Stiffed ‘Fag’ Waiter: Why Media Coverage Matters


By Bil Browning (Founder and Publisher, The Bilerico Project)

A waiter at a Carrabba’s Grill in Overland Park, Kansas, was stiffed on his tip by anti-gay Christians who complimented his service but also called him a “fag.” The shining examples of brotherly love left a note on the back of their bill.

“Thank you for your service, it was excellent. That being said, we cannot in good conscience tip you, for your homosexual lifestyle is an affront to GOD. (Homosexual slur) do not share in the wealth of GOD, and you will not share in ours,” the customer wrote. “We hope you will see the tip your (homosexual slur) choices made you lose out on, and plan accordingly. It is never too late for GOD’s love, but none shall be spared for (homosexual slur). May GOD have mercy on you.”

If you watch the local CBS station’s report on the event, you’ll notice that the language is markedly different than the printed version posted online. Reporter Sandra Olivas doesn’t read the contents of the note herself, instead relying on a local pro-gay pastor to tell viewers what was said – complete with the obligatory censorship of the word “fag.” However, she repeats the same language left on the note in her actual reporting.

This is problematic. While she’s obviously shying away from repeating the noxious filth spewed by the holier-than-thou pasta lovers and gives a generally positive report, by casually repeating that the waiter has a “gay lifestyle” and the minister has a “homosexual partner,” she reinforces the very language and underlying prejudices of the couple who left the note.

There is no “gay lifestyle” and there is no need to use clinical language about sexuality to refer to the other man’s spouse. No one would say “the black lifestyle” or “his heterosexual partner.” All of the media style guides tell reporters to avoid both phrases – and there’s a reason why.

Olivas’ reporting emphasizes a divide between straight and LGBT people that is simply unnecessary. That “us versus them” mentality is what fed the hateful Christians’ sense of entitlement and superiority that made them think their behavior was okay. After all, media coverage like this is the real choice.

I wrote to Olivas to express my concerns and she wrote back.

Assuming that Olivas’ intentions were good and this was a simple mistake, I sent her an email this morning.


I wanted to thank you for your story on the gay waiter who got stiffed at Carrabba’s Grill. However, I wanted to point out something that is problematic with your reporting.

As a reporter myself who covers LGBT issues, I wanted to point out that you say he has a gay “lifestyle” and is a “homosexual.” Did you also notice that those are the same words written on the receipt by the customer who wanted to degrade him? You’re simply parroting back what they said only you’re doing it nicer.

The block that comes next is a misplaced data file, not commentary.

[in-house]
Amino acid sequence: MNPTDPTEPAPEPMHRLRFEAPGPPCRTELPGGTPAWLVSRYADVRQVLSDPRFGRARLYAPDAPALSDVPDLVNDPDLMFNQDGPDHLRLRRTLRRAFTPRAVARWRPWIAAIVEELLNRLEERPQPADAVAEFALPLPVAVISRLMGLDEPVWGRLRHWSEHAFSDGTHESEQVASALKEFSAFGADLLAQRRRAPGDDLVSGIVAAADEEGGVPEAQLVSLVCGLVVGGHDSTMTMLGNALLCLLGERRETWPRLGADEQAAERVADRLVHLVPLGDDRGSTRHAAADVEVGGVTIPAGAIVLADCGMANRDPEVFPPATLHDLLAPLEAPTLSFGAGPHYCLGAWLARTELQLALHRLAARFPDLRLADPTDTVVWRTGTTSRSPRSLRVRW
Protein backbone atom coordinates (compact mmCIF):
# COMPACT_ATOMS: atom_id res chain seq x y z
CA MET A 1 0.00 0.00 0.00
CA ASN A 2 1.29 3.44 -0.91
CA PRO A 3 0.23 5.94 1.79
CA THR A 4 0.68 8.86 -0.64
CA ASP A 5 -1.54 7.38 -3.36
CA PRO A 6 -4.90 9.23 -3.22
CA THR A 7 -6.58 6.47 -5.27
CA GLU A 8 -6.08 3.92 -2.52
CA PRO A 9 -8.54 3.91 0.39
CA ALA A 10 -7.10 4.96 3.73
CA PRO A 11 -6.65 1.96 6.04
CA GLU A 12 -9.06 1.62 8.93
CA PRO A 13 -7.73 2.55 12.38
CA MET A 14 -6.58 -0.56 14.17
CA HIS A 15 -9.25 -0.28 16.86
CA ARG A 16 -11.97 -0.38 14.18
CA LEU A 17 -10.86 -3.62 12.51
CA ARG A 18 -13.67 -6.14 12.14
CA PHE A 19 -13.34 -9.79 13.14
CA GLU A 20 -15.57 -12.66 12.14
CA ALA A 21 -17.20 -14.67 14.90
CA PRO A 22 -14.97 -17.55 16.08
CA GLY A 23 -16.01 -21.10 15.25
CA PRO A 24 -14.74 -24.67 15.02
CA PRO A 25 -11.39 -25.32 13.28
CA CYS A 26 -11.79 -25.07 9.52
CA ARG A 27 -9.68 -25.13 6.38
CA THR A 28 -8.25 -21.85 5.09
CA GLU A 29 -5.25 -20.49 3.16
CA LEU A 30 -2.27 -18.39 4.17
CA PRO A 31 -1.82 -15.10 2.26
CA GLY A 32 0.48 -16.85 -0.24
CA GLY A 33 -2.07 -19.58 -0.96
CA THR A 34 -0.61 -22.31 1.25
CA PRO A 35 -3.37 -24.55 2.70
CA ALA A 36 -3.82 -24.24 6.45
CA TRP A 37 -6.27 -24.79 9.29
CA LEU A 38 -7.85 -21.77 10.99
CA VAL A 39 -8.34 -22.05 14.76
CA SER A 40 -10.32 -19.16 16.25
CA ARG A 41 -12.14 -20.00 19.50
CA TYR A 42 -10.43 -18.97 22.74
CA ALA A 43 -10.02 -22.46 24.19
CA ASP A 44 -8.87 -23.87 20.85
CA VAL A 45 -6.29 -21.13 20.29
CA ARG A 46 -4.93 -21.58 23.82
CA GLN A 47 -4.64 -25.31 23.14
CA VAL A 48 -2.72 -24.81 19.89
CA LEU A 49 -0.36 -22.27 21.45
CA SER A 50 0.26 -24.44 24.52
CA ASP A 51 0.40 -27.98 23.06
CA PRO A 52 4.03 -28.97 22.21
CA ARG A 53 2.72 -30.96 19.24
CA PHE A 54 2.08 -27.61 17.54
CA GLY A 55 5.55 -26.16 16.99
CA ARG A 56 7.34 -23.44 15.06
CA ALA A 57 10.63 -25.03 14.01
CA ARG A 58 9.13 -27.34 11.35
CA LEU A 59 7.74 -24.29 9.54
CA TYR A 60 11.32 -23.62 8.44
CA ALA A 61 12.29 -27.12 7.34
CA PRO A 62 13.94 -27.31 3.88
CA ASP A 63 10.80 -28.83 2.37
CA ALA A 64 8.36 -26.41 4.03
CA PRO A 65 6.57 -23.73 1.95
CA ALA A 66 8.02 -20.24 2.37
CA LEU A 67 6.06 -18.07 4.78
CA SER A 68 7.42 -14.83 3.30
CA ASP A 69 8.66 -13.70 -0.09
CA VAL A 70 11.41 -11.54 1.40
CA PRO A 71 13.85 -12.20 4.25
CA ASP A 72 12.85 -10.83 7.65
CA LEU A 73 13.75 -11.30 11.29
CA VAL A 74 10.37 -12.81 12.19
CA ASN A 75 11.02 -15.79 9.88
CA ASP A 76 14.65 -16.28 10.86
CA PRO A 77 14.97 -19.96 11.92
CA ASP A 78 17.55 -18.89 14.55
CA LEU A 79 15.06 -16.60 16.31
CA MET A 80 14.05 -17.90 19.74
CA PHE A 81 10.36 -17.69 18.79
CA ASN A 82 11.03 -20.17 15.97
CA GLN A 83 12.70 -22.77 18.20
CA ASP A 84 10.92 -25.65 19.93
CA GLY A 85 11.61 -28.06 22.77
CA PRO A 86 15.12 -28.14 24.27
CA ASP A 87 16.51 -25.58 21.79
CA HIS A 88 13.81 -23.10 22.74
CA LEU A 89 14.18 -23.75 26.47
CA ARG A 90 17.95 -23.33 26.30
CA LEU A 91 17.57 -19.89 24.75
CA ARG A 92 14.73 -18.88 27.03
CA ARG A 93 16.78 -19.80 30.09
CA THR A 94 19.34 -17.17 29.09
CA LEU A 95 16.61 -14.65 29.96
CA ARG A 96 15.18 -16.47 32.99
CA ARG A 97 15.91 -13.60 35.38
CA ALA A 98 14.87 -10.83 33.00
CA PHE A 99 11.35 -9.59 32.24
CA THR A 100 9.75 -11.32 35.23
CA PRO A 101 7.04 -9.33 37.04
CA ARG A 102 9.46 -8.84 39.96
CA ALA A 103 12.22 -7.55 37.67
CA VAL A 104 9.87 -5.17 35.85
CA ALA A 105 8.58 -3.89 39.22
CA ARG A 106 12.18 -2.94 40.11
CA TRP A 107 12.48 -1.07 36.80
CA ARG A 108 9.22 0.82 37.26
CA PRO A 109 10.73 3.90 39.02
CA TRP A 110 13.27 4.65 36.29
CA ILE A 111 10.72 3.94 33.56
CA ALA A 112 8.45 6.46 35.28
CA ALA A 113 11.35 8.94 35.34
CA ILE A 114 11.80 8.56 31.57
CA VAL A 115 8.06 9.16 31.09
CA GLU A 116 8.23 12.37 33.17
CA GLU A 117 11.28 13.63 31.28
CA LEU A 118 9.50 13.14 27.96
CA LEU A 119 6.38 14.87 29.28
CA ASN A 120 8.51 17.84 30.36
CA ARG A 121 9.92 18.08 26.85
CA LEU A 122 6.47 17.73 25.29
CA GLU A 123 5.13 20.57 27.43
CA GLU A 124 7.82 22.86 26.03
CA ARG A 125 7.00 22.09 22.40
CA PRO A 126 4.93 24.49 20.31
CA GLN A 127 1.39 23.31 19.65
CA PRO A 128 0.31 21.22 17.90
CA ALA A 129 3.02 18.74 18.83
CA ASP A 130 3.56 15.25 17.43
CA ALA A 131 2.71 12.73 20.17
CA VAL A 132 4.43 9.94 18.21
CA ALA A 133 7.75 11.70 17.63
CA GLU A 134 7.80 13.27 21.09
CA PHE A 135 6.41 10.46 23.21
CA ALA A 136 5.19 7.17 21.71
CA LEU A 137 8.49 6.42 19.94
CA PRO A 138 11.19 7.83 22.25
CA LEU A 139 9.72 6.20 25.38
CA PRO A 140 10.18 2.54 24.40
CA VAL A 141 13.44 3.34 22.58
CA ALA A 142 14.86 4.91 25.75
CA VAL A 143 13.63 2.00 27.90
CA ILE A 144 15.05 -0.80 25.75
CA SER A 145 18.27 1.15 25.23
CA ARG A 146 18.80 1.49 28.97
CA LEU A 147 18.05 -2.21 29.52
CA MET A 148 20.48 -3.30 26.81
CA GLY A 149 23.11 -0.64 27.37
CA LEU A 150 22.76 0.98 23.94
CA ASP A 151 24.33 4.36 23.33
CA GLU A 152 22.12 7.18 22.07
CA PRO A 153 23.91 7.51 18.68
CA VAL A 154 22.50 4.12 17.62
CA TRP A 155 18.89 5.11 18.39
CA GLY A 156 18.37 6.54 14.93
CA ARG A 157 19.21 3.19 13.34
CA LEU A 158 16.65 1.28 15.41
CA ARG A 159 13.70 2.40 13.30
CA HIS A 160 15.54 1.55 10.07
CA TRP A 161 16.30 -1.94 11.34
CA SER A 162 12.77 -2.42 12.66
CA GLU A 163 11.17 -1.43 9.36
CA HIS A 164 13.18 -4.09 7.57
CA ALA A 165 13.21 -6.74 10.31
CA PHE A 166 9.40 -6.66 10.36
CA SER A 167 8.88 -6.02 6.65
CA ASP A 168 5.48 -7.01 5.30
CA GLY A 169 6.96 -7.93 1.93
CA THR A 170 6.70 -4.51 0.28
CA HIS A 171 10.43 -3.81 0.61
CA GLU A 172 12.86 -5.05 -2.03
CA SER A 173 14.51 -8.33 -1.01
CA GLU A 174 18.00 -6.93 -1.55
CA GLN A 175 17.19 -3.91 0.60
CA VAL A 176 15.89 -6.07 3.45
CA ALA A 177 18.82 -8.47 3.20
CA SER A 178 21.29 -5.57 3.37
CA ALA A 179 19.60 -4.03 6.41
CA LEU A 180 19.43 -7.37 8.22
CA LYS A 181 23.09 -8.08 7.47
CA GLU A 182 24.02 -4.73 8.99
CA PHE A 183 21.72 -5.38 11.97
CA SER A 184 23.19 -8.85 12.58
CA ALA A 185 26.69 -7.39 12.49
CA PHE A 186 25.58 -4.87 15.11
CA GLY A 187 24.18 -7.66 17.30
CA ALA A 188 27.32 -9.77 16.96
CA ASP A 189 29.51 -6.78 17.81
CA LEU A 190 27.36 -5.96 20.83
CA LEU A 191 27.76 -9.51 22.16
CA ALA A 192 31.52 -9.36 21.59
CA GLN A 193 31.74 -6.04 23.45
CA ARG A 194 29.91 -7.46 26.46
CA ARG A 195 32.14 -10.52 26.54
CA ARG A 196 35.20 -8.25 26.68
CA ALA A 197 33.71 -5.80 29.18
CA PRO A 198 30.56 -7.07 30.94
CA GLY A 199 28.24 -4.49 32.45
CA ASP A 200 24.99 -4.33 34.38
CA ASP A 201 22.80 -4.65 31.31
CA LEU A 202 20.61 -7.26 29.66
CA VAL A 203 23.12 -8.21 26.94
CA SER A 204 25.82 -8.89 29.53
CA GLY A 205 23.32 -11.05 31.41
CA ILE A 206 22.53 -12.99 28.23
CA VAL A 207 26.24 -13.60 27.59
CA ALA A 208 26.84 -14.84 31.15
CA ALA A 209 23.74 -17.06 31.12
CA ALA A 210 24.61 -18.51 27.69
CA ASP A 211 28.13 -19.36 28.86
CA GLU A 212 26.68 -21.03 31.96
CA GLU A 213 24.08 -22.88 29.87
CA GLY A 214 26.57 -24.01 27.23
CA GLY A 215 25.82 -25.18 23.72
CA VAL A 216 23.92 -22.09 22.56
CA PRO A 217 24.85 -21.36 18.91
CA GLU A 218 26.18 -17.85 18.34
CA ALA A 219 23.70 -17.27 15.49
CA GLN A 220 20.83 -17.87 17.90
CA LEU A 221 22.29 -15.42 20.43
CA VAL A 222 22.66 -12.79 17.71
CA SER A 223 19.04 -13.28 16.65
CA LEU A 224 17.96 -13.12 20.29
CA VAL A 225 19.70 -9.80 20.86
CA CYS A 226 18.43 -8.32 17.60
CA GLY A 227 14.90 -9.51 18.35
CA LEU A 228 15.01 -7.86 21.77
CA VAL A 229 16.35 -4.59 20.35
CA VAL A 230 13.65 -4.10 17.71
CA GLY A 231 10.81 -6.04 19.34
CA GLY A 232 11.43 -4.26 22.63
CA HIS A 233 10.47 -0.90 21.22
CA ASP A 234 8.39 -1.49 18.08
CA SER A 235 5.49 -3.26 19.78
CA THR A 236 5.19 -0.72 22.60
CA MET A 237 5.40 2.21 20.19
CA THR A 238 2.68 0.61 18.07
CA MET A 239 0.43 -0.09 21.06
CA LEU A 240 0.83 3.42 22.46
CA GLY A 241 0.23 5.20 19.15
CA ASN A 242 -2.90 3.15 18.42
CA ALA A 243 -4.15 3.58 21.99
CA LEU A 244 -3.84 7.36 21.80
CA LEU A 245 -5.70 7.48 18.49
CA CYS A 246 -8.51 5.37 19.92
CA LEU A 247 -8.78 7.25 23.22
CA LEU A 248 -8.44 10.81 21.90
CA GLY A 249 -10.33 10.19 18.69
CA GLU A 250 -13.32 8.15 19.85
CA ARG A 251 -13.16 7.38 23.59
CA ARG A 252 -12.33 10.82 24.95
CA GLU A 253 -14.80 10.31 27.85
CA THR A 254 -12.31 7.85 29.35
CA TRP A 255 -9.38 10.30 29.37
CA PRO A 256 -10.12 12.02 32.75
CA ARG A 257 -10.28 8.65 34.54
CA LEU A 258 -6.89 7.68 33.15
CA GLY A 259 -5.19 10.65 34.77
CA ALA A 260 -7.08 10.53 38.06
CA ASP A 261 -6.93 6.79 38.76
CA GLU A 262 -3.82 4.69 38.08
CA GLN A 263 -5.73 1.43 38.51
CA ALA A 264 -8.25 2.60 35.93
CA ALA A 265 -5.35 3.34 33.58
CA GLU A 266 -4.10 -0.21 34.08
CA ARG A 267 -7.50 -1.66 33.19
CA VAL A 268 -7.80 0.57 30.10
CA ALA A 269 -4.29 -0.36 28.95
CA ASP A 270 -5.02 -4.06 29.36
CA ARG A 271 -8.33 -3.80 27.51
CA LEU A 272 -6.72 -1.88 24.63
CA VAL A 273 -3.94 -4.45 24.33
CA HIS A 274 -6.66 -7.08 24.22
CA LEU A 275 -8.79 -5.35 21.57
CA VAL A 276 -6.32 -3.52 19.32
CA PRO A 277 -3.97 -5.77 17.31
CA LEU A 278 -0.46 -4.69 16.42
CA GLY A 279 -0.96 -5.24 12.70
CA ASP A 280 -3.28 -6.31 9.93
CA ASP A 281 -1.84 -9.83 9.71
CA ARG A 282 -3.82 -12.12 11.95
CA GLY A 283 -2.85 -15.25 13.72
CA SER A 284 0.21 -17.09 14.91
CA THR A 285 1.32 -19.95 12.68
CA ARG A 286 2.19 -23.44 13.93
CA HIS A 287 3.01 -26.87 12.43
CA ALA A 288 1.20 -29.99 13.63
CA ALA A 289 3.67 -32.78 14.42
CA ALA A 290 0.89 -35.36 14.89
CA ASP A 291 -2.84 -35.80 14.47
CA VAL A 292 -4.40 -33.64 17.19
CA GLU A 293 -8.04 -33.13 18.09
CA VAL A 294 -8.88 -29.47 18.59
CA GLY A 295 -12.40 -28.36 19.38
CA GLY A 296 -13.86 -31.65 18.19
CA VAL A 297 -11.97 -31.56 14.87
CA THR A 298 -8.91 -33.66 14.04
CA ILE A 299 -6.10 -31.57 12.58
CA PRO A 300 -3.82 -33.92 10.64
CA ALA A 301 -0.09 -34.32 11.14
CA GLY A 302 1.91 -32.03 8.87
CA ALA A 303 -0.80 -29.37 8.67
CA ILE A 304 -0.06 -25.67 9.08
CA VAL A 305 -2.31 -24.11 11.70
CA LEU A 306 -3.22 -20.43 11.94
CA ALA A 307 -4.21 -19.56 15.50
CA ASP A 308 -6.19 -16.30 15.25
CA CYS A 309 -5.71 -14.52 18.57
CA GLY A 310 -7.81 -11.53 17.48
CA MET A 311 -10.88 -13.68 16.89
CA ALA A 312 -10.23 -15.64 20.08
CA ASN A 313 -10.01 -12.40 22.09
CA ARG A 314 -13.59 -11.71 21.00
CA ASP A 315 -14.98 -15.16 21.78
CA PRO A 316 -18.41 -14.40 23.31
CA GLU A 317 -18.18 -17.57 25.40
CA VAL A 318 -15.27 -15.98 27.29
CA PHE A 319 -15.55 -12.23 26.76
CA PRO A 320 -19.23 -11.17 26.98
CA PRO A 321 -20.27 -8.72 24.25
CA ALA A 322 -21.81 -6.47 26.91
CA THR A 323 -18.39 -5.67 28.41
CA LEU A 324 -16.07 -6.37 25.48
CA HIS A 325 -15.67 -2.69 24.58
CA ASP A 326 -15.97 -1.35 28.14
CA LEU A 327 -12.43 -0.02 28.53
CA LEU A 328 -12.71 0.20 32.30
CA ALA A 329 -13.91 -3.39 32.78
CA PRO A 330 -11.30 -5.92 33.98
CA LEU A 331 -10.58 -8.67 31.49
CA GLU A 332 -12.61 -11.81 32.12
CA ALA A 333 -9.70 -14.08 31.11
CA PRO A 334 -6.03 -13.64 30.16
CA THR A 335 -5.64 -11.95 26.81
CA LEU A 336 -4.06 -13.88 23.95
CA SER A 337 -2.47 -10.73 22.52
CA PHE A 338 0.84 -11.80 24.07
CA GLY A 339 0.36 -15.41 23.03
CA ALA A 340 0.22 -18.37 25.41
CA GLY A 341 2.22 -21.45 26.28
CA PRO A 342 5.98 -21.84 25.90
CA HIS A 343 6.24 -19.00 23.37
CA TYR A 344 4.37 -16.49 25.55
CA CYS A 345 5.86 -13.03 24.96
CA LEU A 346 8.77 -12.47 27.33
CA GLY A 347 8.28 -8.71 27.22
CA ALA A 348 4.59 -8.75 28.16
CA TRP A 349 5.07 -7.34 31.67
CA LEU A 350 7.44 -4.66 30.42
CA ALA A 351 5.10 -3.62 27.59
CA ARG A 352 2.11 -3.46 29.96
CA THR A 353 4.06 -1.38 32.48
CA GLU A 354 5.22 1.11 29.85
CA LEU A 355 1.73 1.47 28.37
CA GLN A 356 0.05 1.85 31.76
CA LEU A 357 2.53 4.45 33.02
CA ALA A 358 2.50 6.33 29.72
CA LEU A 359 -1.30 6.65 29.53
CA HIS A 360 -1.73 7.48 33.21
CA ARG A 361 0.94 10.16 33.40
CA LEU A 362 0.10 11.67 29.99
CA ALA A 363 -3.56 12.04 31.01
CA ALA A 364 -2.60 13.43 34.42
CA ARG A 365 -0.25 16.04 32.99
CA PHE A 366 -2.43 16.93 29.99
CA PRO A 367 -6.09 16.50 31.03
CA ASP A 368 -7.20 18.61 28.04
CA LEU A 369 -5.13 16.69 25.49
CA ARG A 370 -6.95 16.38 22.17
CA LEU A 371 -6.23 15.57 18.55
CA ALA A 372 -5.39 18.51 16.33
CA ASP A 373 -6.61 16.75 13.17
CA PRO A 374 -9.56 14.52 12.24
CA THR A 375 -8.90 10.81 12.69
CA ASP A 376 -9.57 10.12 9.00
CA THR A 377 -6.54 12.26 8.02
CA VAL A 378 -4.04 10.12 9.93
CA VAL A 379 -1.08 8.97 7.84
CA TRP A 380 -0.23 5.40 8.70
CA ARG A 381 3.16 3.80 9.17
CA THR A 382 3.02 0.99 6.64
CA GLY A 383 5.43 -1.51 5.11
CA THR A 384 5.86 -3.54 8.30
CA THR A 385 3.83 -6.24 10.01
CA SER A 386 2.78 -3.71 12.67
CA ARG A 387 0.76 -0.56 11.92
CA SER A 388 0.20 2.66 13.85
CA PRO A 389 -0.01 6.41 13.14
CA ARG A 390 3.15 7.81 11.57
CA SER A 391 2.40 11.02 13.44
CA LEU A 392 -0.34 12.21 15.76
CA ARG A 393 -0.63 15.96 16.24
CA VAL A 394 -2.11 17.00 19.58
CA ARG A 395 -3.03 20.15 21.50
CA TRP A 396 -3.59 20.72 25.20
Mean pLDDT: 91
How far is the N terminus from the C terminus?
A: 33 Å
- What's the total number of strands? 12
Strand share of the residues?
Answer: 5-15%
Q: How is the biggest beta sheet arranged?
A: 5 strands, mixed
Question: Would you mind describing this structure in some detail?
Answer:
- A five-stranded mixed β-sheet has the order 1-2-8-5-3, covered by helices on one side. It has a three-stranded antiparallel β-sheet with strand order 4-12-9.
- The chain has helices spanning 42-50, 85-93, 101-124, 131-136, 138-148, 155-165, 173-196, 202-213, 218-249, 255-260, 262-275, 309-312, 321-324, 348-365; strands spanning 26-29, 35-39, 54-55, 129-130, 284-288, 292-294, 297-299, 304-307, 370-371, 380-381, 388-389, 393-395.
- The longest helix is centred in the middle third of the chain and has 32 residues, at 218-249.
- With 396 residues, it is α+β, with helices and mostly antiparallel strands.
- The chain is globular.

There is no “lifestyle.” LGBT people come in many shapes and sizes – we’re not one big monolithic group where everyone gets a membership card and is told how to act and what to do. You’d never say “he happens to lead a black lifestyle.” As well, the term “homosexual” has long ago been jettisoned for it’s focus solely on a sex act. All of the major styleguides – including the AP, NLGJA, GLAAD, New York Times, etc – all say not to use it. “Gay” is sufficient.

I noticed that the offensive language was removed from the print version of the story on your website. Please consider these points for your next on-air report. I know there’s likely not a lot of gay news in Kansas, but please don’t use the same language the hateful bigots did. Surely you’re a step above them.

To my delight, Olivas wrote back, acknowledged her mistake, and promised to do better in the future. This wasn’t one of those wishy-washy “thanks for writing me and I’m going to pretend like you said something while still defending my fault” emails either. Olivas took ownership of her mistake like a professional.

Good morning Mr. Browning,

I appreciate your concern and I will keep this in mind for the future. I know words do matter and I would never want to be insensitive to anyone in my reporting. I agree I should have only said partner and left out the word homosexual. The story was proofread by an editor who missed the error as well. So I have made them aware of this too so it doesn’t happen again as we continue to cover similar stories in the future.